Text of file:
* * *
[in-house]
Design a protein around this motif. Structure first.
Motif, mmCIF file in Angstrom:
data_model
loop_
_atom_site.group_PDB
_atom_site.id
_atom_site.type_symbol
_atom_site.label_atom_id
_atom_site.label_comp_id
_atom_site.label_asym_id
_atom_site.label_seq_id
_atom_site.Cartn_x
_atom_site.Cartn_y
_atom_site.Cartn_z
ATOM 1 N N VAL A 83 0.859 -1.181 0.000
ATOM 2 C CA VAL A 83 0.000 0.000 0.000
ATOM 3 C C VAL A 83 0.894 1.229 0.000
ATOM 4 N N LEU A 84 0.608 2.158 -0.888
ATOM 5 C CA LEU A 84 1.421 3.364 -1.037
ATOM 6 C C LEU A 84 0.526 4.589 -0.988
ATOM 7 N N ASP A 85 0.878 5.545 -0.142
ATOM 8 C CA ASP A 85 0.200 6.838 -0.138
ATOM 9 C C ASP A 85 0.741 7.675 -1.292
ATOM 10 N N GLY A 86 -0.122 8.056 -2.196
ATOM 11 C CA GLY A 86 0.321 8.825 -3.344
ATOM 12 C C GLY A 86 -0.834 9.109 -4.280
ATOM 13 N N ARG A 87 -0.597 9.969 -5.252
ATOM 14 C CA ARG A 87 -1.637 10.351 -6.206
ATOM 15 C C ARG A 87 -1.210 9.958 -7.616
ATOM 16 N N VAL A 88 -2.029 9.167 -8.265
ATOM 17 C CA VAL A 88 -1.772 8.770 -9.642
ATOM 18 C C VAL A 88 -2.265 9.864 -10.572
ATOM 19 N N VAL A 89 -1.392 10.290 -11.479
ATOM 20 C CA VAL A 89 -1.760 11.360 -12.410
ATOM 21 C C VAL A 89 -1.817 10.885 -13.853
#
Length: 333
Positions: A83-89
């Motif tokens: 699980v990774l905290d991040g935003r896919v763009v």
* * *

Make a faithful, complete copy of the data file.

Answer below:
[in-house]
Design a protein around this motif. Structure first.
Motif, mmCIF file in Angstrom:
data_model
loop_
_atom_site.group_PDB
_atom_site.id
_atom_site.type_symbol
_atom_site.label_atom_id
_atom_site.label_comp_id
_atom_site.label_asym_id
_atom_site.label_seq_id
_atom_site.Cartn_x
_atom_site.Cartn_y
_atom_site.Cartn_z
ATOM 1 N N VAL A 83 0.859 -1.181 0.000
ATOM 2 C CA VAL A 83 0.000 0.000 0.000
ATOM 3 C C VAL A 83 0.894 1.229 0.000
ATOM 4 N N LEU A 84 0.608 2.158 -0.888
ATOM 5 C CA LEU A 84 1.421 3.364 -1.037
ATOM 6 C C LEU A 84 0.526 4.589 -0.988
ATOM 7 N N ASP A 85 0.878 5.545 -0.142
ATOM 8 C CA ASP A 85 0.200 6.838 -0.138
ATOM 9 C C ASP A 85 0.741 7.675 -1.292
ATOM 10 N N GLY A 86 -0.122 8.056 -2.196
ATOM 11 C CA GLY A 86 0.321 8.825 -3.344
ATOM 12 C C GLY A 86 -0.834 9.109 -4.280
ATOM 13 N N ARG A 87 -0.597 9.969 -5.252
ATOM 14 C CA ARG A 87 -1.637 10.351 -6.206
ATOM 15 C C ARG A 87 -1.210 9.958 -7.616
ATOM 16 N N VAL A 88 -2.029 9.167 -8.265
ATOM 17 C CA VAL A 88 -1.772 8.770 -9.642
ATOM 18 C C VAL A 88 -2.265 9.864 -10.572
ATOM 19 N N VAL A 89 -1.392 10.290 -11.479
ATOM 20 C CA VAL A 89 -1.760 11.360 -12.410
ATOM 21 C C VAL A 89 -1.817 10.885 -13.853
#
Length: 333
Positions: A83-89
């Motif tokens: 699980v990774l905290d991040g935003r896919v763009v």